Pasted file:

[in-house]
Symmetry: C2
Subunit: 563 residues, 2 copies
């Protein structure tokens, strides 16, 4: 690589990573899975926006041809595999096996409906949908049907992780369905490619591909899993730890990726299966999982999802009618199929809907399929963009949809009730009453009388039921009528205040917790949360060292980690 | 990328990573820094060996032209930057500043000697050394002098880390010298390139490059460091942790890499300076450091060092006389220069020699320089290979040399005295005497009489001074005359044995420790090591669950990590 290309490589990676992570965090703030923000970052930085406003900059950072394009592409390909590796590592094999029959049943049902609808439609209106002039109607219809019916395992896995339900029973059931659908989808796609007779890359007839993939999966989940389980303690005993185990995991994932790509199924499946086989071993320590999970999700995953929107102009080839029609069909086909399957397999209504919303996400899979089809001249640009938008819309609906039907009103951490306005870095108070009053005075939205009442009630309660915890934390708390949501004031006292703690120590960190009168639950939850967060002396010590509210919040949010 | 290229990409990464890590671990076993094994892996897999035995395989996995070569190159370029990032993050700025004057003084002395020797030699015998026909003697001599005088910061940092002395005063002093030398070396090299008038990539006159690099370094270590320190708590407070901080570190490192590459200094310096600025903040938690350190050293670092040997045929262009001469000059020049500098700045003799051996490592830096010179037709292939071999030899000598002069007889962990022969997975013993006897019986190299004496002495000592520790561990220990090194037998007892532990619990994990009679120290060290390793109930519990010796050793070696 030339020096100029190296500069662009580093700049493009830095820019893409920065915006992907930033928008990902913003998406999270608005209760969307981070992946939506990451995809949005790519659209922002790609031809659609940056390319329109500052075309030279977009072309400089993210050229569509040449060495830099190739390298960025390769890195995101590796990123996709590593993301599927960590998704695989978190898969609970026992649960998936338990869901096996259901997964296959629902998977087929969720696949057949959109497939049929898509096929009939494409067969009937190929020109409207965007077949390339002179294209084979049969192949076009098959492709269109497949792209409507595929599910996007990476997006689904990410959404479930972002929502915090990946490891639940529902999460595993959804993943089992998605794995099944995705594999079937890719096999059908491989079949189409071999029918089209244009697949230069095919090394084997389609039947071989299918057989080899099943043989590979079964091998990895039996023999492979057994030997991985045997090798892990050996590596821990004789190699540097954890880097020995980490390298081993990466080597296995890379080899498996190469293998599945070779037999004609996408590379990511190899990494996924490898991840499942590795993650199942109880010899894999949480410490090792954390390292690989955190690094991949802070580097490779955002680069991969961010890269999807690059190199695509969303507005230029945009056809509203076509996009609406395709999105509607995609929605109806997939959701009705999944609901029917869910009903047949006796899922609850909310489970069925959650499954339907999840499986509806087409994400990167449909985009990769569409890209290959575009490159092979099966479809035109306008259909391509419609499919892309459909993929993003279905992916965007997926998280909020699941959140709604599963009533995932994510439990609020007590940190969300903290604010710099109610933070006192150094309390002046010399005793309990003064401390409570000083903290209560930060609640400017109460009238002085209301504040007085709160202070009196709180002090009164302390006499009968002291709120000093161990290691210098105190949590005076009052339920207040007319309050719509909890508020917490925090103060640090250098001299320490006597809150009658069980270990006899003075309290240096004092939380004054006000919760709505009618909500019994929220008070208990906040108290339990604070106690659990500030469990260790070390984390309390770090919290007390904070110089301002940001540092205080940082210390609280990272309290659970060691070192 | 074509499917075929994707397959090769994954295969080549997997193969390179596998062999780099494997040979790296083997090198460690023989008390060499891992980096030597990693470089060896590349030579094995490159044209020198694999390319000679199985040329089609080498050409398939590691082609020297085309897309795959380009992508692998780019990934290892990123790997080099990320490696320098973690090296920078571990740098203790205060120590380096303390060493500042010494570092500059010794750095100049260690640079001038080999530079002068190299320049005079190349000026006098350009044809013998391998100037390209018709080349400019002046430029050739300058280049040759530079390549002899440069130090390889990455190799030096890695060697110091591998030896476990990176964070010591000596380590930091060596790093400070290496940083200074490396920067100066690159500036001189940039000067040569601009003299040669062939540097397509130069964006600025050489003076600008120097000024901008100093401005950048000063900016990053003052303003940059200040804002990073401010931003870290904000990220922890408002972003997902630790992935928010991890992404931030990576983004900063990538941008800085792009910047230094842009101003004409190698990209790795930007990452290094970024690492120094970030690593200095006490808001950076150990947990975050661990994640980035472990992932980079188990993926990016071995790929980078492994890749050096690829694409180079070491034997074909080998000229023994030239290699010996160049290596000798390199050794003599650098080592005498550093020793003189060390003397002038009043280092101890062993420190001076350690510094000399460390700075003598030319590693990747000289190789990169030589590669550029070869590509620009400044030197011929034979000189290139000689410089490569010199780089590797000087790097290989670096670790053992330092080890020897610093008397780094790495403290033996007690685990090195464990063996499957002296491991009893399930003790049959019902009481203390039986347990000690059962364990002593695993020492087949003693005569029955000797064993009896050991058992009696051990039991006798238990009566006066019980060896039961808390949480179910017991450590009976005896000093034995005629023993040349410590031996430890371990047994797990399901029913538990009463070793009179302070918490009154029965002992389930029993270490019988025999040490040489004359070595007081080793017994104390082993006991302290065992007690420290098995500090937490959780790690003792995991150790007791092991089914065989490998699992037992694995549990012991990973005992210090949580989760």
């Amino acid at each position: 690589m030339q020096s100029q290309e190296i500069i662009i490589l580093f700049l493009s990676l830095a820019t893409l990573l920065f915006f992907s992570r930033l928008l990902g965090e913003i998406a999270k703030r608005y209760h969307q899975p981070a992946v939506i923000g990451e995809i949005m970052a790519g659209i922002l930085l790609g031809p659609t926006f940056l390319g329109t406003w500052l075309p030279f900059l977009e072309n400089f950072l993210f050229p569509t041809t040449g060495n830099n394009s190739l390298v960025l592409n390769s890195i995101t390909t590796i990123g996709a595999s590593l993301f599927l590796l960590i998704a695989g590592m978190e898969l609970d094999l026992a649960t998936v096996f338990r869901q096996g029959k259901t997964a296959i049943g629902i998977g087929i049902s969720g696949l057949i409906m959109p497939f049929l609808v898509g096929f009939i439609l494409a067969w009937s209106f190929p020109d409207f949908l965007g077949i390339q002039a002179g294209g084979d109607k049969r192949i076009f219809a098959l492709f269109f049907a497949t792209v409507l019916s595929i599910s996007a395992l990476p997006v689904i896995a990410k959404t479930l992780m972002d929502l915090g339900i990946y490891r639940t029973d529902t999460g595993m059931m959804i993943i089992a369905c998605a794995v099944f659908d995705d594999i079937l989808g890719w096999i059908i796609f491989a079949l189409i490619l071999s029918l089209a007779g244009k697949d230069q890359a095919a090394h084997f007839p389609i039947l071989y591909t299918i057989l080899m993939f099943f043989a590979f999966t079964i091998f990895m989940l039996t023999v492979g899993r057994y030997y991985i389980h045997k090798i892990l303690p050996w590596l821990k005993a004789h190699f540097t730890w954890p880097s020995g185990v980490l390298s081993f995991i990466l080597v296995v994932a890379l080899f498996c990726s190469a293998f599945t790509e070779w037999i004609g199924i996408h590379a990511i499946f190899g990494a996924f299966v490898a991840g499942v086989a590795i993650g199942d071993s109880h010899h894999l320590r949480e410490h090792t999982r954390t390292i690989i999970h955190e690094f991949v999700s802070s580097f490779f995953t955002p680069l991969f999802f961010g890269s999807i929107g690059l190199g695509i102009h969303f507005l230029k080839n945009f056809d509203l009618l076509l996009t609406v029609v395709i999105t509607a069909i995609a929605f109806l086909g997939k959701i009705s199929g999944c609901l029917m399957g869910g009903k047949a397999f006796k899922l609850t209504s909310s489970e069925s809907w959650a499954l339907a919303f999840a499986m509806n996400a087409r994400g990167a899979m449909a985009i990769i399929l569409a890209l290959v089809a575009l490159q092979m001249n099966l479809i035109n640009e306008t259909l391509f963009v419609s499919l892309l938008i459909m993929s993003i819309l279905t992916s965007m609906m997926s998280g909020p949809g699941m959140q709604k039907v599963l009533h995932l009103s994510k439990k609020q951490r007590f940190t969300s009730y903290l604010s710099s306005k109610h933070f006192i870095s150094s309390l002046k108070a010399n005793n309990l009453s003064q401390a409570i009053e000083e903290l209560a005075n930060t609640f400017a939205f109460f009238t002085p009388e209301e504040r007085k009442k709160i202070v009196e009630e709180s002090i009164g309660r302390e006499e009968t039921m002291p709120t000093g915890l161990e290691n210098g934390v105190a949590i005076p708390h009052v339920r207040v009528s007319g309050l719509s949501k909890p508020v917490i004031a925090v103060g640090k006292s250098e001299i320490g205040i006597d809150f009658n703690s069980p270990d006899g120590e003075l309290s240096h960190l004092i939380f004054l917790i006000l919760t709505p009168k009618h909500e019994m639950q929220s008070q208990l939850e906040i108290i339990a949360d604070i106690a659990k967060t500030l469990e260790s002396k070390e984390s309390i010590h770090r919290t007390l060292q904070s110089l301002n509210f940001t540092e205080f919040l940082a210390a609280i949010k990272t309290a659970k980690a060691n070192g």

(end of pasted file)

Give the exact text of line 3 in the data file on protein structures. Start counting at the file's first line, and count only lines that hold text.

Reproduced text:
Subunit: 563 residues, 2 copies